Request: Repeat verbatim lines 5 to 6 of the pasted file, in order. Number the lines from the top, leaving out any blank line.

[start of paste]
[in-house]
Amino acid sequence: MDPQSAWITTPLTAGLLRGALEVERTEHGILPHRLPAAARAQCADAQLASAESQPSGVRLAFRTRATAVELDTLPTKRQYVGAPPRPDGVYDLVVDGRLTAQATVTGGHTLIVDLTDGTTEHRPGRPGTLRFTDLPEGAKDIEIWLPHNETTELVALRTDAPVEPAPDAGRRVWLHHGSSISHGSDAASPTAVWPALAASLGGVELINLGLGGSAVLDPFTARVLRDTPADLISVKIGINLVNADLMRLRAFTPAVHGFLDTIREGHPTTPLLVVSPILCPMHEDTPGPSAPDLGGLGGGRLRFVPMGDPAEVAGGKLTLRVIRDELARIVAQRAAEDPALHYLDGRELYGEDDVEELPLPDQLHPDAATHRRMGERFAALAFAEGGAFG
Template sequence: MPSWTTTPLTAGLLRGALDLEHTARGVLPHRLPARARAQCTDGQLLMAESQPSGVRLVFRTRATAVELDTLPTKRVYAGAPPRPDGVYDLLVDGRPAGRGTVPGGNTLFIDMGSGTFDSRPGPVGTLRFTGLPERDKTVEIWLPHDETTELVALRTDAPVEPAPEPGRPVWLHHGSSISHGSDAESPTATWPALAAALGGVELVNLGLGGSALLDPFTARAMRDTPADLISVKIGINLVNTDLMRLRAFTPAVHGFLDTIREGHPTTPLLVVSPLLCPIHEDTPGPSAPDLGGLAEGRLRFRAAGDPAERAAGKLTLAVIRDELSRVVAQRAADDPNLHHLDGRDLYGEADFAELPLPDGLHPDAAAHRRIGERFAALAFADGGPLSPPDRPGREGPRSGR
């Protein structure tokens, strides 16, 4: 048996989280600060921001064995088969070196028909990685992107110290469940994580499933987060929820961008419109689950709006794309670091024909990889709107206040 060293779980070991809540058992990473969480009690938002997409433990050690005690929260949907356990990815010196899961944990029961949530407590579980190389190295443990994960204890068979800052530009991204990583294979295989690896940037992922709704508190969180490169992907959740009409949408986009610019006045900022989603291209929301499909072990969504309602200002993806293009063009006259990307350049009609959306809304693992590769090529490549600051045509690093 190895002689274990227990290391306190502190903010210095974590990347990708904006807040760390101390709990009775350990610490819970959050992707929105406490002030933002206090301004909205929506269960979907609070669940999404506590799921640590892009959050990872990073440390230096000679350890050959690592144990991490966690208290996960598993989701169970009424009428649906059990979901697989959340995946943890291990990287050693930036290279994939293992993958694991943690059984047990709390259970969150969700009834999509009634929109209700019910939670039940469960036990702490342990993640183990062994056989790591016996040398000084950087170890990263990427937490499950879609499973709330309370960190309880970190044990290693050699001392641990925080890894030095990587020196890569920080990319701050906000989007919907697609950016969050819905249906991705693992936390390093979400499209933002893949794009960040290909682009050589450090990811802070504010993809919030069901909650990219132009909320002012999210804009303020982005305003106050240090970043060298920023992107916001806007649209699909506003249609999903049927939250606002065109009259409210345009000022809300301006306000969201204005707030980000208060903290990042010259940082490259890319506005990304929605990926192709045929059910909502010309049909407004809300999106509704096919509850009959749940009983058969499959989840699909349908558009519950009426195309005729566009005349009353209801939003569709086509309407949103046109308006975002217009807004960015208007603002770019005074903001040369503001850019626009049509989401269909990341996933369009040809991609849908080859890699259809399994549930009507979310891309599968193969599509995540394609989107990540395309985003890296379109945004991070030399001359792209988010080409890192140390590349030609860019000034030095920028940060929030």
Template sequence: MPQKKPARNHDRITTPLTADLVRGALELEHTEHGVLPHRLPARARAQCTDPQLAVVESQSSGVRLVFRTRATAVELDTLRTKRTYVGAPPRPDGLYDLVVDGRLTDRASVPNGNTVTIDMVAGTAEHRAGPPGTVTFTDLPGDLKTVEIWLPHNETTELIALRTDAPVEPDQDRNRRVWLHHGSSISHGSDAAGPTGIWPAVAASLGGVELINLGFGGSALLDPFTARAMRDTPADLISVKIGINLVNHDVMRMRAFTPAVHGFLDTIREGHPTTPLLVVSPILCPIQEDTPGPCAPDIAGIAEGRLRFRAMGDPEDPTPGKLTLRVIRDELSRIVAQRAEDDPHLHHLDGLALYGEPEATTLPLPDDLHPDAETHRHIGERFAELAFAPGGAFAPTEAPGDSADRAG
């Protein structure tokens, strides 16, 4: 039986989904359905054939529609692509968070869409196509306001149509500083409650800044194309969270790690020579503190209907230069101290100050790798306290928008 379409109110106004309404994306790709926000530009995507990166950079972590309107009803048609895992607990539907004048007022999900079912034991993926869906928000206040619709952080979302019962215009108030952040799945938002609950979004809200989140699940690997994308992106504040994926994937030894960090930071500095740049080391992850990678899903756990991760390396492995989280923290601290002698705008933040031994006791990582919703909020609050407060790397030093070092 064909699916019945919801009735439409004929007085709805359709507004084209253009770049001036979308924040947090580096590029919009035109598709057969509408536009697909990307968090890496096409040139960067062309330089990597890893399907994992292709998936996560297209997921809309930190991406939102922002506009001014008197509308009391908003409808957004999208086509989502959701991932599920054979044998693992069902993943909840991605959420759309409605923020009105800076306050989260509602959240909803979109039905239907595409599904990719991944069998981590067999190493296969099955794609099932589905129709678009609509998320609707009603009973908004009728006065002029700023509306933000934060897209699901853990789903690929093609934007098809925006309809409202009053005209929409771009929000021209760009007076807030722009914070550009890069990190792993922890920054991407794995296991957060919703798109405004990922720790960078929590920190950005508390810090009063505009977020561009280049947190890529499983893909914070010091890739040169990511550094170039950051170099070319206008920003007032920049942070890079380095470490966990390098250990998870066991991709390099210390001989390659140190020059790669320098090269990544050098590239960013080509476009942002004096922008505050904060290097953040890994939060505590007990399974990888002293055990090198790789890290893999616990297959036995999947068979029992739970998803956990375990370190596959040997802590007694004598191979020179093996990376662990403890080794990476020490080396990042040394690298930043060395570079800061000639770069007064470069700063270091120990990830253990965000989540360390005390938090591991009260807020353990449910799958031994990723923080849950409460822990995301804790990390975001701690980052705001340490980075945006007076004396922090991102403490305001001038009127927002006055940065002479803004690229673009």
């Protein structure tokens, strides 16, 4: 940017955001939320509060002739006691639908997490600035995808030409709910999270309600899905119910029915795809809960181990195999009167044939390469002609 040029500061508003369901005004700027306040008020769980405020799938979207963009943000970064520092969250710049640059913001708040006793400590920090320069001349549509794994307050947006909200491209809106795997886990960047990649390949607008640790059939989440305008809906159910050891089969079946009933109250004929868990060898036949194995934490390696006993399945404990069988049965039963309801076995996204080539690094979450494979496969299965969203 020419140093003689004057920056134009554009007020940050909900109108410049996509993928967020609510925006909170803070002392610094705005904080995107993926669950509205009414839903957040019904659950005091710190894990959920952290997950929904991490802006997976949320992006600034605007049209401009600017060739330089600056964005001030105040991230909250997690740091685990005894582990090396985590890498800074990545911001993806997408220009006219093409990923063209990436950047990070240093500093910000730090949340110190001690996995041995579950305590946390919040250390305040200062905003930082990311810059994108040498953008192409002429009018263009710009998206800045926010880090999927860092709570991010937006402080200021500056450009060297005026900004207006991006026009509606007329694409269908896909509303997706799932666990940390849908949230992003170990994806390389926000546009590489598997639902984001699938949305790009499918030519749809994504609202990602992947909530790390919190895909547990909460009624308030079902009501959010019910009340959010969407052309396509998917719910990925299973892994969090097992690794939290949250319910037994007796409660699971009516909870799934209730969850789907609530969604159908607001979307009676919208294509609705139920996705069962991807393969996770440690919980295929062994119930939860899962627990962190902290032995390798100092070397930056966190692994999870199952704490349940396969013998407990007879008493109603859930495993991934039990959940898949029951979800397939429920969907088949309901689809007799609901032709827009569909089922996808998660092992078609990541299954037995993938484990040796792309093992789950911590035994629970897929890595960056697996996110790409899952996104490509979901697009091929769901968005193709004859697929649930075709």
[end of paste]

Template sequence: MPQKKPARNHDRITTPLTADLVRGALELEHTEHGVLPHRLPARARAQCTDPQLAVVESQSSGVRLVFRTRATAVELDTLRTKRTYVGAPPRPDGLYDLVVDGRLTDRASVPNGNTVTIDMVAGTAEHRAGPPGTVTFTDLPGDLKTVEIWLPHNETTELIALRTDAPVEPDQDRNRRVWLHHGSSISHGSDAAGPTGIWPAVAASLGGVELINLGFGGSALLDPFTARAMRDTPADLISVKIGINLVNHDVMRMRAFTPAVHGFLDTIREGHPTTPLLVVSPILCPIQEDTPGPCAPDIAGIAEGRLRFRAMGDPEDPTPGKLTLRVIRDELSRIVAQRAEDDPHLHHLDGLALYGEPEATTLPLPDDLHPDAETHRHIGERFAELAFAPGGAFAPTEAPGDSADRAG
């Protein structure tokens, strides 16, 4: 039986989904359905054939529609692509968070869409196509306001149509500083409650800044194309969270790690020579503190209907230069101290100050790798306290928008 379409109110106004309404994306790709926000530009995507990166950079972590309107009803048609895992607990539907004048007022999900079912034991993926869906928000206040619709952080979302019962215009108030952040799945938002609950979004809200989140699940690997994308992106504040994926994937030894960090930071500095740049080391992850990678899903756990991760390396492995989280923290601290002698705008933040031994006791990582919703909020609050407060790397030093070092 064909699916019945919801009735439409004929007085709805359709507004084209253009770049001036979308924040947090580096590029919009035109598709057969509408536009697909990307968090890496096409040139960067062309330089990597890893399907994992292709998936996560297209997921809309930190991406939102922002506009001014008197509308009391908003409808957004999208086509989502959701991932599920054979044998693992069902993943909840991605959420759309409605923020009105800076306050989260509602959240909803979109039905239907595409599904990719991944069998981590067999190493296969099955794609099932589905129709678009609509998320609707009603009973908004009728006065002029700023509306933000934060897209699901853990789903690929093609934007098809925006309809409202009053005209929409771009929000021209760009007076807030722009914070550009890069990190792993922890920054991407794995296991957060919703798109405004990922720790960078929590920190950005508390810090009063505009977020561009280049947190890529499983893909914070010091890739040169990511550094170039950051170099070319206008920003007032920049942070890079380095470490966990390098250990998870066991991709390099210390001989390659140190020059790669320098090269990544050098590239960013080509476009942002004096922008505050904060290097953040890994939060505590007990399974990888002293055990090198790789890290893999616990297959036995999947068979029992739970998803956990375990370190596959040997802590007694004598191979020179093996990376662990403890080794990476020490080396990042040394690298930043060395570079800061000639770069007064470069700063270091120990990830253990965000989540360390005390938090591991009260807020353990449910799958031994990723923080849950409460822990995301804790990390975001701690980052705001340490980075945006007076004396922090991102403490305001001038009127927002006055940065002479803004690229673009």